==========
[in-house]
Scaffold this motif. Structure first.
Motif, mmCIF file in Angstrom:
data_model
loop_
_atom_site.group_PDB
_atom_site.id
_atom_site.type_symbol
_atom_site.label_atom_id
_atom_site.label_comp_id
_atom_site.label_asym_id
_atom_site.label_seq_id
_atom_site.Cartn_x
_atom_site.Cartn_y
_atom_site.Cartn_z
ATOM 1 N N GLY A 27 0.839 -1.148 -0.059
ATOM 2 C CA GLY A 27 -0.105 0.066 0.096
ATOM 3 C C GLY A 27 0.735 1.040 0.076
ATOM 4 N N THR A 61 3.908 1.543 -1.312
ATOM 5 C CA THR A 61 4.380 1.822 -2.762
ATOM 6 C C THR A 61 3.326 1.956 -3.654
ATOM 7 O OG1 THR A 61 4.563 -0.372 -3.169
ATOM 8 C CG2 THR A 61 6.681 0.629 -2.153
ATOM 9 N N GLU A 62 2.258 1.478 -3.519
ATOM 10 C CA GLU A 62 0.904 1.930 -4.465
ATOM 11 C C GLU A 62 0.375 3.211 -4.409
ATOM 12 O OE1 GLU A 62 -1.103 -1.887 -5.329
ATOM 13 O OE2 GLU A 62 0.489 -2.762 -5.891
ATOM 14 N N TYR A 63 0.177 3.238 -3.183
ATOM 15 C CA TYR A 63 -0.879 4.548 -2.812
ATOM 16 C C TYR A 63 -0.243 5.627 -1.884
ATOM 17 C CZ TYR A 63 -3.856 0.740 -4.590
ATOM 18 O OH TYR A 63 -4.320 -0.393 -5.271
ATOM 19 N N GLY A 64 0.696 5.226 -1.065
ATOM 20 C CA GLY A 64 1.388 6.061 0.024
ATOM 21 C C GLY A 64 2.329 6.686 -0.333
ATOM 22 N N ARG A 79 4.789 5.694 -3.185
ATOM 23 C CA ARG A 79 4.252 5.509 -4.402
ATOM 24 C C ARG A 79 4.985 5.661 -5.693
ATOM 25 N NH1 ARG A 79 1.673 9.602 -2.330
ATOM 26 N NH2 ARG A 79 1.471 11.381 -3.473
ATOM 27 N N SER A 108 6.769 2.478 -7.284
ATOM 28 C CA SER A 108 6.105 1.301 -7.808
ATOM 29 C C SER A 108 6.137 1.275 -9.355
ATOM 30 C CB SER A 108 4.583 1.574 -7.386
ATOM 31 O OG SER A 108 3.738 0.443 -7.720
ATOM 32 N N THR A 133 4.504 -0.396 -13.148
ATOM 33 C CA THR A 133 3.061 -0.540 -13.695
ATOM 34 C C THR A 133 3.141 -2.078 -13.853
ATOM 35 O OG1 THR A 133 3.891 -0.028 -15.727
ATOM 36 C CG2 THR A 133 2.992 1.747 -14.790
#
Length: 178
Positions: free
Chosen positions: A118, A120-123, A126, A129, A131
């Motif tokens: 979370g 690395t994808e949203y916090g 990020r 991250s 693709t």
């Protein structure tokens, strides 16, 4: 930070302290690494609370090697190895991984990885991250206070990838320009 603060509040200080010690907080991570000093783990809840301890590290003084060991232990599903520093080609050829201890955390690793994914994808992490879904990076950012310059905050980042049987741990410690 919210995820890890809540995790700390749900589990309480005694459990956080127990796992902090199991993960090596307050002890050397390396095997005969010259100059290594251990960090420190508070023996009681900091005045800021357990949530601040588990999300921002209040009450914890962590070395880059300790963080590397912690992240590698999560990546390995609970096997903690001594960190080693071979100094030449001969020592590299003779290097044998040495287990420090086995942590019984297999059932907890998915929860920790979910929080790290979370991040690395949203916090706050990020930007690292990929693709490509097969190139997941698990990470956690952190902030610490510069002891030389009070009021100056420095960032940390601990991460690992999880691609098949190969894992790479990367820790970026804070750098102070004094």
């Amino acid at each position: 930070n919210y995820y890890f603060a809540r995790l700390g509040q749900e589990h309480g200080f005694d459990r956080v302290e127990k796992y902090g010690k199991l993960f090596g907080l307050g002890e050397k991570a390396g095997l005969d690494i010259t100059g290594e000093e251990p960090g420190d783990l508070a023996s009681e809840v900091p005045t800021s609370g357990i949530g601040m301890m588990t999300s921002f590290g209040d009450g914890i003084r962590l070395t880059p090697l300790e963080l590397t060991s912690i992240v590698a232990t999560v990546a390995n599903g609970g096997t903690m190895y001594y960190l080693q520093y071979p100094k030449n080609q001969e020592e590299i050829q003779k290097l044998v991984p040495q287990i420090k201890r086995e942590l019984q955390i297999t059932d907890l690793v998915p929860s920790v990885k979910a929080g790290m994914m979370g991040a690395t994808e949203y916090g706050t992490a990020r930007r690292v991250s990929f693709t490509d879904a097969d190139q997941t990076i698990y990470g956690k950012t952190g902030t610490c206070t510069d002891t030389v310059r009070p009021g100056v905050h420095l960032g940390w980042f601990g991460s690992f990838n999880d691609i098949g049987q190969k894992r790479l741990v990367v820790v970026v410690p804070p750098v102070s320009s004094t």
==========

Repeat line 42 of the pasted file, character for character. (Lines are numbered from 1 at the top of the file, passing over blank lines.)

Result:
ATOM 27 N N SER A 108 6.769 2.478 -7.284